Getting a second opinion is a very good way to make sure that surgery is the best alternative. Many health insurance plans require patients to get a second opinion before they have certain non-emergency operations. If your plan doesn’t require a second opinion, you may still ask to have one. Check with your insurance company to see if it will pay for a second opinion. (If your loved one is eligible for Medicare, it will pay for a second opinion.) When you visit the second doctor, make sure to take your all of your loved one’s medical records, so the second doctor doesn’t have to repeat any tests.

What has been your experience in doing the operation?

To reduce the risks of surgery, choose a surgeon who has been thoroughly trained and has plenty of experience doing the procedure. You can ask your loved one’s surgeon about his or her recent record of successes and complications with this procedure. If it is more comfortable for your loved one, discuss the topic of surgeons’ qualifications with his or her regular or primary care doctor.

Where will the operation be done?

Most surgeons practice at one or two local hospitals. Find out where your loved one’s operation will be performed. Have many of the same operations been done in this hospital? Some operations have higher success rates if they are performed in hospitals that do many of those procedures.

Until recently, most surgery was performed on an inpatient basis and patients stayed in the hospital for one or more days. Today, much surgery is done on an outpatient basis in a doctor’s office, a special surgical center, or a day surgery unit of a hospital. Outpatient surgery is less expensive because the patient doesn’t have to pay for a hospital stay. Find out whether the operation will be done in the hospital or in an outpatient setting.

If the doctor recommends inpatient surgery for a procedure that is usually done on an outpatient basis, or vice versa, ask why. You want your loved one to be in the right place for the operation.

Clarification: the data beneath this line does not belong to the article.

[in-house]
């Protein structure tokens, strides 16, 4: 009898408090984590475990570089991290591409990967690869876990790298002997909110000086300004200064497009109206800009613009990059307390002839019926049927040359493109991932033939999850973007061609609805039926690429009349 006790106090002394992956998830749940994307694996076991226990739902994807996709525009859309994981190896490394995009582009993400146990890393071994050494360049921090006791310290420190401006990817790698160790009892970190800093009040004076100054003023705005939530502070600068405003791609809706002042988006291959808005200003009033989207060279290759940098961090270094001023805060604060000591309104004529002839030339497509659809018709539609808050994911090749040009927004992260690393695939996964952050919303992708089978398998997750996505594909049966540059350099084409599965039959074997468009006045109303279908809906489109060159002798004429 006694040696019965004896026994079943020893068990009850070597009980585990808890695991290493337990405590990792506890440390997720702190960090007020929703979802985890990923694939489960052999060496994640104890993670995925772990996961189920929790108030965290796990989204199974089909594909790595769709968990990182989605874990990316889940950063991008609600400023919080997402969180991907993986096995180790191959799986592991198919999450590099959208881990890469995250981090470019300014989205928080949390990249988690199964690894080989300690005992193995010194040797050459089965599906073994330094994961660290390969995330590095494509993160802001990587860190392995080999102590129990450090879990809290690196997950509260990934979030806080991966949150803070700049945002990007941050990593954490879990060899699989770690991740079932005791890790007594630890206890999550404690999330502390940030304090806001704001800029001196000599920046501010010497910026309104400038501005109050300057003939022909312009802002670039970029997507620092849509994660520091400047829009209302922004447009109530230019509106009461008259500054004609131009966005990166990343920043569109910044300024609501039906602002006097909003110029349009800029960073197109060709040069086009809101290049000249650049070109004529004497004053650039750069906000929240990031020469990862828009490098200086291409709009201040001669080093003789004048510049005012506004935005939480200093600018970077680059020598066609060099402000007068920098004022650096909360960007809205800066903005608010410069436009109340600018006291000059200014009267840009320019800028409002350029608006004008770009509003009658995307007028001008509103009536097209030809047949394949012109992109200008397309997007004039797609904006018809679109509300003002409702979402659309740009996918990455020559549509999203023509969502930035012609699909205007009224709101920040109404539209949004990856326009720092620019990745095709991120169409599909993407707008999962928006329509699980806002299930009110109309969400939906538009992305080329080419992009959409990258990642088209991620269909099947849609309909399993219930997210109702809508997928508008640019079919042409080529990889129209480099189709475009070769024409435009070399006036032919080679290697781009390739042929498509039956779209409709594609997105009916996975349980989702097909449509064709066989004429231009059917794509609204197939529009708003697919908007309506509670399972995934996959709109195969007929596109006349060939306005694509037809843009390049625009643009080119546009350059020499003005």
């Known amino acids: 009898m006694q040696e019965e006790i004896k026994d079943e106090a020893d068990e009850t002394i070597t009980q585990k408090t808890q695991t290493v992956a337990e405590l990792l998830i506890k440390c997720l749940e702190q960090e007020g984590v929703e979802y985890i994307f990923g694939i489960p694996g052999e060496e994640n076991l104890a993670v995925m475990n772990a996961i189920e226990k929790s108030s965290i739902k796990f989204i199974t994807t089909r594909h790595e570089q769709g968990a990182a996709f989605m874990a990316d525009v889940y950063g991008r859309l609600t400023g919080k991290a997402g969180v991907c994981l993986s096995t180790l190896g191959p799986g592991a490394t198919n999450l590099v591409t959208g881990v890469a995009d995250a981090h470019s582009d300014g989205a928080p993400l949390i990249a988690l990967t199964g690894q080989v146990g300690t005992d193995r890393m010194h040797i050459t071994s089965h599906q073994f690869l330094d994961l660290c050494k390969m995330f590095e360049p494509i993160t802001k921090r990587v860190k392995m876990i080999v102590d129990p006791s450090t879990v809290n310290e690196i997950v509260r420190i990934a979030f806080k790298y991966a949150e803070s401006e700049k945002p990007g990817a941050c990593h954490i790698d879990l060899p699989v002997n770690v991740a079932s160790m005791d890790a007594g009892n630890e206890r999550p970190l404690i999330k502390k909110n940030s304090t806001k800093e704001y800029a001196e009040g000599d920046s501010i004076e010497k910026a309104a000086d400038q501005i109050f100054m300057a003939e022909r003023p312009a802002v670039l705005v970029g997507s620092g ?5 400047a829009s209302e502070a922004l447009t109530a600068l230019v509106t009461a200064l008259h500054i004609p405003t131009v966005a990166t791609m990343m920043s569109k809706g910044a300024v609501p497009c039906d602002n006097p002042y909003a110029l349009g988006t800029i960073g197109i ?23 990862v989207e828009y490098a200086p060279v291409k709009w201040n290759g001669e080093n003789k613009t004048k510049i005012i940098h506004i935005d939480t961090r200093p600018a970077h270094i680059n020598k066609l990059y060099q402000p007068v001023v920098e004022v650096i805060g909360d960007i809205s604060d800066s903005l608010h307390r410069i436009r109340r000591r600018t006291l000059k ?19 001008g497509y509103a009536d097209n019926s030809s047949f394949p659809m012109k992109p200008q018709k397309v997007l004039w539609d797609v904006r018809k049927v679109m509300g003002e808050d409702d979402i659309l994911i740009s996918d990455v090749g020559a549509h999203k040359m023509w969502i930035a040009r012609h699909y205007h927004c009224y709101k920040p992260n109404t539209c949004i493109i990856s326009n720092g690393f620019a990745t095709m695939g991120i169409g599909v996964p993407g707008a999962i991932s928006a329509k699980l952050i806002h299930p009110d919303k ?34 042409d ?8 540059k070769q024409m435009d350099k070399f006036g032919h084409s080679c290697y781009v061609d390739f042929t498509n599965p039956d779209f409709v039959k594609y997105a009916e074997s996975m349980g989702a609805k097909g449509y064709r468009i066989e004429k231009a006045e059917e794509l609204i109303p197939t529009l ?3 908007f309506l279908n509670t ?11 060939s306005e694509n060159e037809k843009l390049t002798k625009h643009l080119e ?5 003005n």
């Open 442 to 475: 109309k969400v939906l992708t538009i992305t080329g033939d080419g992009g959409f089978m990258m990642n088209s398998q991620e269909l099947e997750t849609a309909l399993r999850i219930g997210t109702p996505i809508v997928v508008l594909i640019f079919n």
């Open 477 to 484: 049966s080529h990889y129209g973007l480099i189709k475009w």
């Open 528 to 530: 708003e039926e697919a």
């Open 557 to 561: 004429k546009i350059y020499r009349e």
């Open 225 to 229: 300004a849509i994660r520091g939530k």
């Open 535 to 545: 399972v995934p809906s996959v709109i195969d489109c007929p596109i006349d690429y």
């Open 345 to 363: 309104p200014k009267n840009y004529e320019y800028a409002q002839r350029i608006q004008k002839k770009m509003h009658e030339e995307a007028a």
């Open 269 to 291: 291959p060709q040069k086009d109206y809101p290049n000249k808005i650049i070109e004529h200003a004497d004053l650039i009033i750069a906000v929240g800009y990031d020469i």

What kind of anesthesia will be needed?

Anesthesia is used so that surgery can be performed without unnecessary pain. The surgeon can tell your loved one whether the operation calls for local, regional, or general anesthesia, and why this form of anesthesia is recommended for your loved one’s procedure.

  • Local anesthesia numbs only a part of the body for a short period of time. Not all procedures done with local anesthesia are painless.
  • Regional anesthesia numbs a larger portion of the body for a few hours. In most cases, patients are awake with regional anesthesia.
  • General anesthesia numbs the entire body for the entire time of the surgery. Patients are unconscious under general anesthesia.

Anesthesia is quite safe for most patients and is usually administered by a specialized physician (anesthesiologist) or nurse anesthetist. Both are highly skilled and have been specially trained to give anesthesia.

After deciding to have the operation, ask to meet with the person who will administer the anesthesia. Find out what his or her qualifications are. Ask what the side effects and risks of having anesthesia are in your loved one’s case. Be sure to tell the anesthesiologist everything about your loved one’s medical condition, including allergies and any medications being taken, since they may affect response to the anesthesia.

How long will it take to recover?

The surgeon can tell you how your loved done might feel and what he or she will be able to do during the days, weeks, or months following surgery. Ask how long your loved one will be in the hospital. Find out what kind of supplies, equipment, and any other help your loved one will need when he or she goes home. Knowing what to expect can help your loved one cope better with recovery.

How much will the operation cost?

Ask what the surgeon’s fee is and what it covers. Surgical fees often also include several visits after the operation. You also will be billed by the hospital for inpatient or outpatient care and by the anesthesiologist and others providing care related to the operation. Health insurance coverage for surgery and hospital stays can vary, and there may be some costs that you or your loved one will have to pay. Before your loved one has the operation, discuss all of these questions with his or her insurance company or employee benefits office.

© Copyright FamilyCare America, Inc. All Rights Reserved.

Adapted from Be Informed: Questions To Ask Your Doctor Before You Have Surgery, AHCPR Publication No. 95-0027, developed by the United States Agency for Healthcare Research and Quality.